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It is one of the biggest dating sites in the world and after 17 years, it has has led to over 50, marriages. Last week, it hit the headlines as matchmaker to two terror suspects. Tim Adams meets its founders in Wakefield. T he business books tell you to follow your heart. It is 17 years since Adeem Younis took that advice and set up SingleMuslim.
Besides a desire to be his own boss, there was a more urgentimperative. The idea was we would get married. The assumption was that Younis would do that, too. Younis was working part-time in a pizza place at the bottom of Westgate, where the traditional uphill Wakefield pub crawl begins of a Saturday night.
In exchange for a couple of extra shifts he persuaded his boss to give him office space above the restaurant and he set up a rudimentary Muslim marriage website with a friend. Immediately after it went live they got their first registration. The business started to grow slowly through word of mouth, mostly through student societies. In the years since, then SingleMuslim. The UK site boasts nearly a million UK active users and the company is expanding internationally.
Traffic analysis suggests there are about 1. Because it is in effect a marriage site rather than a dating site, it also claims a high rate of success. There have been 50, SingleMuslim. It has a staff of more than On Friday afternoon half the staff are out at prayers, the rest are winding down to go to the pub. Unfortunately the most prominent headlines featuring SingleMuslim. The Old Bailey heard on Tuesday and Wednesday how Munir Mohammed, a British citizen of Sudanese origin, living in Derby, allegedly enlisted the help of Rowaida El-Hassan, a pharmacy graduate of University College London, for her knowledge of chemicals needed to make an explosive.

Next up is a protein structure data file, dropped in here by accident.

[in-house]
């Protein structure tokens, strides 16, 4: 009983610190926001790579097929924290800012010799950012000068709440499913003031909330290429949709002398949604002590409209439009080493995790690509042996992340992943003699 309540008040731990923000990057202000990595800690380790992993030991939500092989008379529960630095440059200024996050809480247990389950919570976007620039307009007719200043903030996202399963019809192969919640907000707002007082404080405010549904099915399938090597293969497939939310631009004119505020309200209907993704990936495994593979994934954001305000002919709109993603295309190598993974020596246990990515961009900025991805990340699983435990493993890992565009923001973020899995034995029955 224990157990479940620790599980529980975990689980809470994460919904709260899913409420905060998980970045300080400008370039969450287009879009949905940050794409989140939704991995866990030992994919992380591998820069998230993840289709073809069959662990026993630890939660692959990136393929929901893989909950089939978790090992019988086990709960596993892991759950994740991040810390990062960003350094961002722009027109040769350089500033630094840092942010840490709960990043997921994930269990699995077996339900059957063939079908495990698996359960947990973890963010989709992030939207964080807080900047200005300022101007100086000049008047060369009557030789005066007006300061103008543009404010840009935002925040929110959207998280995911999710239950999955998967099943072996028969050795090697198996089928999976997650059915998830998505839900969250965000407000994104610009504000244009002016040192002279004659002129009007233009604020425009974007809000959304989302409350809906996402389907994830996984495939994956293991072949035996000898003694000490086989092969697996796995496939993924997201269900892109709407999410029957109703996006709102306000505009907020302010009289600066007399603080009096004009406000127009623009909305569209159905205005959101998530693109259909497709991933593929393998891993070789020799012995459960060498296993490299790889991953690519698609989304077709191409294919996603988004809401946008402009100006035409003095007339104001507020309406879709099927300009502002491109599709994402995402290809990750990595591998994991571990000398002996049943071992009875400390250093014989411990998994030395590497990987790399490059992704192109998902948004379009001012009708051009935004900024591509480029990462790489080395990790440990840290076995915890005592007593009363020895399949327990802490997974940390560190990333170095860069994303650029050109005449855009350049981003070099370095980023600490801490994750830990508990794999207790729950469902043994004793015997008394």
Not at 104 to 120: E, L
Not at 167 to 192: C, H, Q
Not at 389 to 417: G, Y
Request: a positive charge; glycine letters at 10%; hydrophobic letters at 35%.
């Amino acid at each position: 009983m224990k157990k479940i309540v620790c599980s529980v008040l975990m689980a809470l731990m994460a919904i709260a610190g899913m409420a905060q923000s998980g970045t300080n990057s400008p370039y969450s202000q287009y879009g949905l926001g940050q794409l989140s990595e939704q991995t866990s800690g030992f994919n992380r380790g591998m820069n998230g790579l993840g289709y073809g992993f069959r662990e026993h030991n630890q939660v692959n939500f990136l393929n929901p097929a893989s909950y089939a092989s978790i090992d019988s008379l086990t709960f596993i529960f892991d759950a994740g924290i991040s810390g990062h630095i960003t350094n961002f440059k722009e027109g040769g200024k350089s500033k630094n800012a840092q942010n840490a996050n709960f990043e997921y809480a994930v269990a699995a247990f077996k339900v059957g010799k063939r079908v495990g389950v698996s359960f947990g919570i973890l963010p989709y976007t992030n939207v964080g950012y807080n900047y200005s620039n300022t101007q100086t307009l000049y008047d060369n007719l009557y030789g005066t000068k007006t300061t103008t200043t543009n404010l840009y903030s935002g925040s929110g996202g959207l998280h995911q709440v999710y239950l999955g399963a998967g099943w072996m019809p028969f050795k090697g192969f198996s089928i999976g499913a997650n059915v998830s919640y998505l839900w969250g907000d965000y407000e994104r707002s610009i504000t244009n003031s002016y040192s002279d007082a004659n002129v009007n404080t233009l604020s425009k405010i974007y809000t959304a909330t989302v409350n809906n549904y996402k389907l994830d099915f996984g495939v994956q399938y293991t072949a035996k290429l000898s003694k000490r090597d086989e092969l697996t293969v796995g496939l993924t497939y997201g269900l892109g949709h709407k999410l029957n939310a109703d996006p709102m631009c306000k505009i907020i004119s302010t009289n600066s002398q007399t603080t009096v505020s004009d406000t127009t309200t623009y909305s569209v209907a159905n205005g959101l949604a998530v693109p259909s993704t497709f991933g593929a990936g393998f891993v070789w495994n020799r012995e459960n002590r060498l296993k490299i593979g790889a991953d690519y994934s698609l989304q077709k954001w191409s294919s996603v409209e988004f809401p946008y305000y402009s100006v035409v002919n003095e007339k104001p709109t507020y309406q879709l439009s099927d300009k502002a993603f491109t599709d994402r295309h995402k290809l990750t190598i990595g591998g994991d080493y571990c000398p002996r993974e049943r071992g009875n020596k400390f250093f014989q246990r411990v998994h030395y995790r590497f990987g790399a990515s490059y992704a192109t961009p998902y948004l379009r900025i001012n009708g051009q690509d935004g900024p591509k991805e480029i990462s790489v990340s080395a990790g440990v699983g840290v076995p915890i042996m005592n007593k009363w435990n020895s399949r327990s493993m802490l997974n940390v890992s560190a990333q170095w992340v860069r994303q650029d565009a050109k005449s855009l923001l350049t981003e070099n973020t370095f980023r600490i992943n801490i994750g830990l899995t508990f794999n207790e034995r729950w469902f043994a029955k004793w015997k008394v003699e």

The pair, it was noted in court, and in the papers, had first met on SingleMuslim. On the site, Munir Mohammed had described himself as looking for a wife and partner with whom to start a family. Khan and Younis have been aware that the case was coming to court for a while. When Mohammed and El-Hassan were first arrested the police asked to see what record of their relationship the company held. Their behaviour was quite normal on the site. They exchanged a few lovey-dovey messages and then they swapped WhatsApp addresses and that was that. They have, they believe, done all they can to prevent any such radicalised liaisons.
If a membership request comes in from an unstable country, Nigeria or Yemen, say, it is automatically blocked for vetting. We automate as much as we can, but if there is anything at all doubtful a human will always look at it upstairs. Do they imagine that the security services will now be paying them more attention?
When Younis originally set up his website, the problems came from fundamentalists. People would have seen their sister on there. Younis was unfazed. Halal means being wholesome and right in your faith. In those cases, traditionally the mums or the grannies use the site to do the matchmaking, Khan explains. What the company mostly promotes, though, is the opportunity to broaden that search as far as possible. The case studies on the site highlight couples who have crossed national and racial barriers to marry.
There is an empowering impulse in this — and in the insistence that photographs must be full face. One morning in after a bit of trial and error he arrived in the office to announce. His colleagues looked up from their keyboards, in mock alarm. Shall we close the website now? Far from being the end of the business his marriage, Younis argues, has inspired what has followed.
Ordinarily we would never have got together. The Observer Online dating. Tim Adams. Sun 5 Nov Single Muslim women on dating: 'I don't want to be a submissive wife'. . Why British Muslim women struggle to find a marriage partner Syma Mohammed. Reuse this content.Single muslim women uk
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